Wednesday, August 24, 2016

Thailand 2016 Day 8. Dances With Elephants

It is raining. One of those moderate rains that could go on for hours. But no stinkin’ rain is going to stop me from going to the Thai Elephant Conservation Center. So I donned my poncho and backtracked the 40 km to the elephant place. It turns out I was not the only one headed that way; a big truck passed me on the way there, with an elephant taking a ride to The Elephant Hospital. Have you seen a dog enjoying the breeze out of the open window of a car? Well, the same was true for this particular elephant, who was enjoying extending its trunk unto the wind, and flapping his ears in total ecstasy.

Of course I got to the center quite early, so I had the honor of seeing a handful of elephants feeding. Did you know that an Asian elephant needs between 200 and 300 kg of varied grasses, vegetables, and fruits every single day? I am not sure how many elephants are at the conservation center, but I am going to guess about 50, so we are talking about 10 tons of food every day, or about 20 of the little Toyota trucks that I saw driving around piled up with corn, sugar cane, and squash.

After a while several of the elephants, and their mahouts (drivers), came out to greet the few tourists that had collected. There were a couple of large males (you know because they have tusks), any number of females, and at least four little ones. I bought a bundle of sugar cane sticks, which even the little ones crunched in a single bite (elephants have only four molars, two on top and two in the bottom, but they are massive and can easily crunch a measly sugar cane stick). Following the feeding the elephants headed for the water to take a bath. The little ones, like Ronaldito, simply plunged in, completely submerging themselves over and over again. The big guys went at it more slowly, letting their mahouts scrub and massage them, but eventually they too plunged their heads in the water with great gusto. Once everyone was nice and clean they played for a while, trumpeting, showering themselves with their trunks, or taking long drinks. Another interesting factoid about Asian elephants is that they drink about 200 liters per day (African elephants live in much drier climates, so they drink even larger volumes, although they may not necessarily get their fill every day).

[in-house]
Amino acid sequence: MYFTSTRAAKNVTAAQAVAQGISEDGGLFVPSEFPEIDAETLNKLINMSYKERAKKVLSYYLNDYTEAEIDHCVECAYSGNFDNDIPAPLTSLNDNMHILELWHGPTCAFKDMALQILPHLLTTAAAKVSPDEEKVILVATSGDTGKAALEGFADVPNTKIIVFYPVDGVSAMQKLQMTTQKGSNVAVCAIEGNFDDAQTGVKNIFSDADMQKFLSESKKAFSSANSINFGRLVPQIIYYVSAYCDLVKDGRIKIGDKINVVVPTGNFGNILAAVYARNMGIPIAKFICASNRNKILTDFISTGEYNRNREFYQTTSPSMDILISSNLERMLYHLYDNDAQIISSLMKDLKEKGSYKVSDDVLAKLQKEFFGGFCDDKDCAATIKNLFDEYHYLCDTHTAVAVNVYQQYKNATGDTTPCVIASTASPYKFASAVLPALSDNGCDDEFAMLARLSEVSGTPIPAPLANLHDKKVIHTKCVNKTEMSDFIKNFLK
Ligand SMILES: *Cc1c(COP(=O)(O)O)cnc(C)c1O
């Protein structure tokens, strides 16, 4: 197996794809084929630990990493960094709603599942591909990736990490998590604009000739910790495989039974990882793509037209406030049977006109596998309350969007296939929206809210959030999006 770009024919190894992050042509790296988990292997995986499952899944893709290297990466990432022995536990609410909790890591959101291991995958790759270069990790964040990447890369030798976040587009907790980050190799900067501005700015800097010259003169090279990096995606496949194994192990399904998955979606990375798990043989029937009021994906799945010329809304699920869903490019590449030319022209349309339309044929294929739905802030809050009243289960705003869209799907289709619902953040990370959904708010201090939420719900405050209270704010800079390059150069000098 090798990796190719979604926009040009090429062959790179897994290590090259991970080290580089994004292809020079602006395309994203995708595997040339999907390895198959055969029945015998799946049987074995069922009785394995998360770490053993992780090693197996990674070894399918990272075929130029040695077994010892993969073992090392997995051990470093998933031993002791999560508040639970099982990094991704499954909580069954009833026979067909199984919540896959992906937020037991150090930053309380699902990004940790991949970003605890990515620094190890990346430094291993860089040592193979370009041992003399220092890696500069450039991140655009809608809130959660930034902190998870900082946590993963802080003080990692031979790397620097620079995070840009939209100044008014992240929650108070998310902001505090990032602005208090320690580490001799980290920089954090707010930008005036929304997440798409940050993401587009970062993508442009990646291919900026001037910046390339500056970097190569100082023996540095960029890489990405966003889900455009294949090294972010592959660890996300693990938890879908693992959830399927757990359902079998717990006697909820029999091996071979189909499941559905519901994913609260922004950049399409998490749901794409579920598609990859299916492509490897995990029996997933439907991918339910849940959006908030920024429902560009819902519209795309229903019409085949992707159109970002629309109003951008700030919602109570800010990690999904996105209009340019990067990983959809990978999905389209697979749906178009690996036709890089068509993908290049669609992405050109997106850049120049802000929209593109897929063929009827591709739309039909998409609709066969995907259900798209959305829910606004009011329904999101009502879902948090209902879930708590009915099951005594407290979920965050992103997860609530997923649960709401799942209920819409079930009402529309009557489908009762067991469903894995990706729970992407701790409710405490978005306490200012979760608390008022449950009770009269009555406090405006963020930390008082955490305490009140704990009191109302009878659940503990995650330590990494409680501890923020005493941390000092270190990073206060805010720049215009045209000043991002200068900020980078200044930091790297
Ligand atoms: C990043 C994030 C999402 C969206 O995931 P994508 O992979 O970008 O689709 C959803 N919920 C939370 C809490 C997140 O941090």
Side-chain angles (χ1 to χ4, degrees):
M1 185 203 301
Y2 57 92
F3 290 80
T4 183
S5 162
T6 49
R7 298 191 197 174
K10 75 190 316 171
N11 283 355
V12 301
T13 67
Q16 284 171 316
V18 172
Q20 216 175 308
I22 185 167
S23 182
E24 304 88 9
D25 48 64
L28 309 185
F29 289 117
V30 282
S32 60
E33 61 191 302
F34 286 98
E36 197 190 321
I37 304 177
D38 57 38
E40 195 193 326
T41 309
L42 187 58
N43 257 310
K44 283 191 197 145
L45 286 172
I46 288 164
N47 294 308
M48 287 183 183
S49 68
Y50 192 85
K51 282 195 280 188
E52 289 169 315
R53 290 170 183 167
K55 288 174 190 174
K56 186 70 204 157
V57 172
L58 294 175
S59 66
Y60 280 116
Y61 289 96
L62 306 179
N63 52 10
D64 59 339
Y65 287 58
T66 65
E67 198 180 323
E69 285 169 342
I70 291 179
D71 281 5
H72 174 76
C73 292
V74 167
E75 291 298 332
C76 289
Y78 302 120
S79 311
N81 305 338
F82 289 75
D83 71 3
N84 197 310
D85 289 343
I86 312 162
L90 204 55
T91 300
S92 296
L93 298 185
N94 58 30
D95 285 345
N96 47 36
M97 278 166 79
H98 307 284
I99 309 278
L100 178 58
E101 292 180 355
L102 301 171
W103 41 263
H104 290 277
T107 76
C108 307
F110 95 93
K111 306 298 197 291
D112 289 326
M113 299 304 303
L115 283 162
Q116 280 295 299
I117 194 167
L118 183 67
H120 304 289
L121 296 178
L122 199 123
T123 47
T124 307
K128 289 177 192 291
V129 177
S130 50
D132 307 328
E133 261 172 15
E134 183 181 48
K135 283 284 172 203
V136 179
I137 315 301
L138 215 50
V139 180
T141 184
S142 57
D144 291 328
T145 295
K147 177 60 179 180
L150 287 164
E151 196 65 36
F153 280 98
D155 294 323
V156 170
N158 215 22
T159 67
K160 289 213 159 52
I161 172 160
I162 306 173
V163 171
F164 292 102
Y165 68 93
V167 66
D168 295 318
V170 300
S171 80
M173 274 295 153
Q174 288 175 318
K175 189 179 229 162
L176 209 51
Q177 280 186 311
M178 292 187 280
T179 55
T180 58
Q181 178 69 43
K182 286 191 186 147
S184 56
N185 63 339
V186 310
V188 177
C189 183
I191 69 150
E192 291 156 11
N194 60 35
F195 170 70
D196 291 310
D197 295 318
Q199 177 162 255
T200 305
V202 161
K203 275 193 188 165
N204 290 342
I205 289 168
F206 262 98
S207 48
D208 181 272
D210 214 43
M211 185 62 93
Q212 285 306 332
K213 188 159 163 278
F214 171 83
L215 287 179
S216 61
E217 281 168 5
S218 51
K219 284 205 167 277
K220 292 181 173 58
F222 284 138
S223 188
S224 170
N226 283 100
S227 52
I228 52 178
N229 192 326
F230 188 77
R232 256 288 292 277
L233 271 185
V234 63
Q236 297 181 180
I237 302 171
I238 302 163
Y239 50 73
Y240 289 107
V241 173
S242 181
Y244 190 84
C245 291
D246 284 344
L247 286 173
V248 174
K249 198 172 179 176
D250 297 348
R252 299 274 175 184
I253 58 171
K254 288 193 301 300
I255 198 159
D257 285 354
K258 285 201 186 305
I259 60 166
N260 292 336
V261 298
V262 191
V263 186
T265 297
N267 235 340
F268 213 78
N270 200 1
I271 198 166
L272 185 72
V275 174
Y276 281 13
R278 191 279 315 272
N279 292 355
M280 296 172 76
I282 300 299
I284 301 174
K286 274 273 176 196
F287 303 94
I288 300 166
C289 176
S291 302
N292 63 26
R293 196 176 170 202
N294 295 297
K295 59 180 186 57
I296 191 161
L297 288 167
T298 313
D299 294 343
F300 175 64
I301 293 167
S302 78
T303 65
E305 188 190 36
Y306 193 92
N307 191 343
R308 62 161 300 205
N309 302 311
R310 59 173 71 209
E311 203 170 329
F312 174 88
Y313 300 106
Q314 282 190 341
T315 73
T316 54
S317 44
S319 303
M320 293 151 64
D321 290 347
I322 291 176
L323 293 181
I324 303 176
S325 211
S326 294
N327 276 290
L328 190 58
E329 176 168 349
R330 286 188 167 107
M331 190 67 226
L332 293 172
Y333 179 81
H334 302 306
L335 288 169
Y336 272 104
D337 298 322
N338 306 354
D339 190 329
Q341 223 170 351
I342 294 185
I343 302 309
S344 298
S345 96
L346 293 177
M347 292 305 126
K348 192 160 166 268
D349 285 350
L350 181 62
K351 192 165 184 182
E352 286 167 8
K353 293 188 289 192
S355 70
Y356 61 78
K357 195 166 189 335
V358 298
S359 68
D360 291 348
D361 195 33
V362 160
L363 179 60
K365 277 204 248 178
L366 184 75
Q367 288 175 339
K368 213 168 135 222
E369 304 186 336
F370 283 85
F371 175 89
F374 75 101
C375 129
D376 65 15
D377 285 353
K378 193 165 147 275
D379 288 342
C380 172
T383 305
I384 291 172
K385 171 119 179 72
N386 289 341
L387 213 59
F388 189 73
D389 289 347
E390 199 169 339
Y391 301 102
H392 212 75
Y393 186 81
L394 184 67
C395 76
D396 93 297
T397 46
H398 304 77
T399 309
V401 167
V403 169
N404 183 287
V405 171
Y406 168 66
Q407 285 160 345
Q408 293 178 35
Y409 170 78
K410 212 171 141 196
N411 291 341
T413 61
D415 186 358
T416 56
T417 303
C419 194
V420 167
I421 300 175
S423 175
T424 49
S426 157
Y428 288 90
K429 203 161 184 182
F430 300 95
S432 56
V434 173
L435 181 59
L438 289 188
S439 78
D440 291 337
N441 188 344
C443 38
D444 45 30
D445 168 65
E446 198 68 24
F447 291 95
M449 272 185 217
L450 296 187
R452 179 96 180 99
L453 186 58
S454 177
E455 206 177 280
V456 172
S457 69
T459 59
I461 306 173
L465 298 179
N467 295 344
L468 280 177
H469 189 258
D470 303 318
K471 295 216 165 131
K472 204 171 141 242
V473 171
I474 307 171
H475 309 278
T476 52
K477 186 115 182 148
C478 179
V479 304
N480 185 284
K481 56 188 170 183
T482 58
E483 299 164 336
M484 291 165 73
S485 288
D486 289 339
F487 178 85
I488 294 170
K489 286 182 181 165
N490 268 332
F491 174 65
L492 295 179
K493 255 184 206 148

We were then treated to a show, where the elephants showed how easily they can drag big logs, and how a well-trained elephant can delicately lift some of the logs, and working with a buddy stack the logs in piles. One of the goals of the Conservation Center is to train young elephants for transportation and logging duty. A trained elephant goes for about 500,000 bahts (about US$ 15,000), just about the price of a truck, so I suspect they don’t get a lot of inquiries.

At some point they asked for a volunteer, so I raised my hand and was chosen to hold the basket into which one of the elephants threw basketballs. I really had to be on my toes, because although the balls came with considerable force, I had to “readjust” the position of the basket to make sure I caught every shot. I was rewarded with two ears of corn to feed the distinguished athlete. They did a couple more tricks to show their incredible precision and care, for example by carefully placing a hat on the head of their mahout, and then did something that totally blew me out of the water: Three easels were brought, each with a blank canvas, and three of the elephants came, took paint brushes in their trunks, and proceeded to draw the most amazing pictures: A pair of elephants in a vast prairie, resting from the blazing sun under a tree with red and yellow blossoms; a plant with red flowers; and another elephant browsing the foliage from a tall tree. What a wonderful display of coordination and memory.

I then went to visit The Elephant Hospital, where farmers can bring their elephants to be treated free of charge. The idea is that, by providing free medical care, farmers come and in the end the overall wellbeing of the Thai elephant benefits. An elephant can live 60 years, but many die much younger because of malnutrition, abuse, lack of veterinary attention, or landmines (I was surprised about the latter, but apparently there was unrest in the 60’s and 70’s and landmines were left behind after the cessation of hostilities). I saw the elephant from the road, being rectally examined by a vet and getting an enema. I should mention here that the whole conservation center, including the hospital, are sponsored by the royal family.

Having satisfied my desire to see and learn about elephants I made my way back to Chiang Mai, where I have found a comfortable 5th-floor hotel room, to make my preparations for the trip back home. I still have all day tomorrow to do stuff, but at this point I have no further plans and may spend the day vegetating or visiting temples. I am highly satisfied with what I have done so far :) 

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